Though her features are big and open and expressive, there's always been something mysterious or withholding about Julia Roberts. At her best, she's a cheery cipher, aloof in the friendliest way possible. And she's gotten chillier as her career has worn on. What was warm and alluring in Pretty Woman and Sleeping With the Enemy (her one great dramatic performance) became almost kind of mean by the time we got to Notting Hill. Her prickly personality in various interviews and public appearances, plus a general dearth of good roles since Erin Brockovich (Duplicity is the only one I can think of) has not helped change her temperature any, and so now, here in 2012, she seems almost completely gone. She's distant and remote and almost ghostly. So it's strange and jarring, then, to see her going for broad, imperious comedy in the vein of Dame Streep in the new Snow White picture Mirror Mirror. Just what is she doing in this movie?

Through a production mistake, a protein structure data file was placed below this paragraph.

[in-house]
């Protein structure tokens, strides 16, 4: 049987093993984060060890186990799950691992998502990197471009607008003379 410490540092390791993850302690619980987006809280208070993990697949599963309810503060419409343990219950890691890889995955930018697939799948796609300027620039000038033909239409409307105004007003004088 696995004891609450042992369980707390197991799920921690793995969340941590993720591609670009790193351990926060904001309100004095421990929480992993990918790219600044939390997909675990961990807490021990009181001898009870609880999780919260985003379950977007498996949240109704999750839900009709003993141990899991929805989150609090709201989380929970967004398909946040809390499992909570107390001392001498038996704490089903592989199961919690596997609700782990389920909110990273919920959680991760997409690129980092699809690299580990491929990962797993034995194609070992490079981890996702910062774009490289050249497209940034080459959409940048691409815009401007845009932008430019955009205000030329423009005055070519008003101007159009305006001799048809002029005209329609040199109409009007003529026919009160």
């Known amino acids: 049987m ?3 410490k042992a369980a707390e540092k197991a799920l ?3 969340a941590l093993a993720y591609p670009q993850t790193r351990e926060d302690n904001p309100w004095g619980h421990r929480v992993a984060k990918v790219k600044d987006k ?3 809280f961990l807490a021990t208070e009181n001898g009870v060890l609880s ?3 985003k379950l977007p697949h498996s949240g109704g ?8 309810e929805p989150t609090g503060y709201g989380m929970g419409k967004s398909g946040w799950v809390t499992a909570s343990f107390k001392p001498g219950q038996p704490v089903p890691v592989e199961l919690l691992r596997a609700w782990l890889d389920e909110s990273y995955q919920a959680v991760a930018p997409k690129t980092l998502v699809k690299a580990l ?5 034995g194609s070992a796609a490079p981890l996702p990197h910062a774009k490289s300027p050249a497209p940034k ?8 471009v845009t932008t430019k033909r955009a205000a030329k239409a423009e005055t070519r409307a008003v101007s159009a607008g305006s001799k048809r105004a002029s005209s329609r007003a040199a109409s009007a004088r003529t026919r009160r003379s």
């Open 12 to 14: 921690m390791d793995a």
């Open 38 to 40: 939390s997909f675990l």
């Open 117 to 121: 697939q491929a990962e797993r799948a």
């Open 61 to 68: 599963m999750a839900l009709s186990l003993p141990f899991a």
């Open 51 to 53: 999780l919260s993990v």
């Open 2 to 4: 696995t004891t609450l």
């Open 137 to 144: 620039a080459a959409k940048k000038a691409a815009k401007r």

Actually, that question could be asked of pretty much everyone and everything in this bizarre jumble of tone and style. The film is directed by Tarsem Singh, the opulent visualist behind many commercials and three previous feature films. Mirror Mirror marks his first family film, and I'm not sure he's a right fit for the form. Or he's just not the right fit for this particular script, written by relative newcomers Melissa Wallack and Jason Keller, which presents the familiar tale as arch comedy, with witty little rejoinders and modern phrases peppering the traditional storybook stuff. The script, at times, has a bouncy, pleasant energy to it — sometimes it's too clever by half, and it doesn't seem to have any idea where it's going, but it's still fun in places — but Tarsem doesn't do bouncy, or pleasant. His images tend toward the sleek and stark, they're slo-mo acid trips at a Danish furniture store. And so in Mirror Mirror, amid all the silliness, we get Roberts, as the Evil Queen, walking through her magic mirror and rising up out of the water in some sort of alternate world that looks like one of the levels from Myst. There's that and Nathan Lane turning into a cockroach in the same movie? It's all very discordant.